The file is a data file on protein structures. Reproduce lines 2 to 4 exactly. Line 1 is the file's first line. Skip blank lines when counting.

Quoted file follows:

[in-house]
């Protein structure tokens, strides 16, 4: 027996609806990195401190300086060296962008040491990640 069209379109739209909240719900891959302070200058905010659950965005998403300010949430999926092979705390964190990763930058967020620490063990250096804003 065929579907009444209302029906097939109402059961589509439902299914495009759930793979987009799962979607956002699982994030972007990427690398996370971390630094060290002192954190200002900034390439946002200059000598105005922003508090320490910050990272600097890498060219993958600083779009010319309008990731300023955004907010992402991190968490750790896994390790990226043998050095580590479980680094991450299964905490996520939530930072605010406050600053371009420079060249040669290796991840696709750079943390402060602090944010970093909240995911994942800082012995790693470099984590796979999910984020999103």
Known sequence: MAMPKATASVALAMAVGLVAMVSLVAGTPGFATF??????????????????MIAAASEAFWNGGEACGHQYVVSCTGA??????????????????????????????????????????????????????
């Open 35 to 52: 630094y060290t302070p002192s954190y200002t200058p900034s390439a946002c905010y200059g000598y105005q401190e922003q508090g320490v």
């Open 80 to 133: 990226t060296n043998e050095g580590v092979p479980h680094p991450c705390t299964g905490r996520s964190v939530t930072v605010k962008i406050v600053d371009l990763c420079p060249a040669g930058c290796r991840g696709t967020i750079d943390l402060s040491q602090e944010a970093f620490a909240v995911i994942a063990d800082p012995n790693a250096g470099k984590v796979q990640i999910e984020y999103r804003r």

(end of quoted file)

């Protein structure tokens, strides 16, 4: 027996609806990195401190300086060296962008040491990640 069209379109739209909240719900891959302070200058905010659950965005998403300010949430999926092979705390964190990763930058967020620490063990250096804003 065929579907009444209302029906097939109402059961589509439902299914495009759930793979987009799962979607956002699982994030972007990427690398996370971390630094060290002192954190200002900034390439946002200059000598105005922003508090320490910050990272600097890498060219993958600083779009010319309008990731300023955004907010992402991190968490750790896994390790990226043998050095580590479980680094991450299964905490996520939530930072605010406050600053371009420079060249040669290796991840696709750079943390402060602090944010970093909240995911994942800082012995790693470099984590796979999910984020999103």
Known sequence: MAMPKATASVALAMAVGLVAMVSLVAGTPGFATF??????????????????MIAAASEAFWNGGEACGHQYVVSCTGA??????????????????????????????????????????????????????
């Open 35 to 52: 630094y060290t302070p002192s954190y200002t200058p900034s390439a946002c905010y200059g000598y105005q401190e922003q508090g320490v």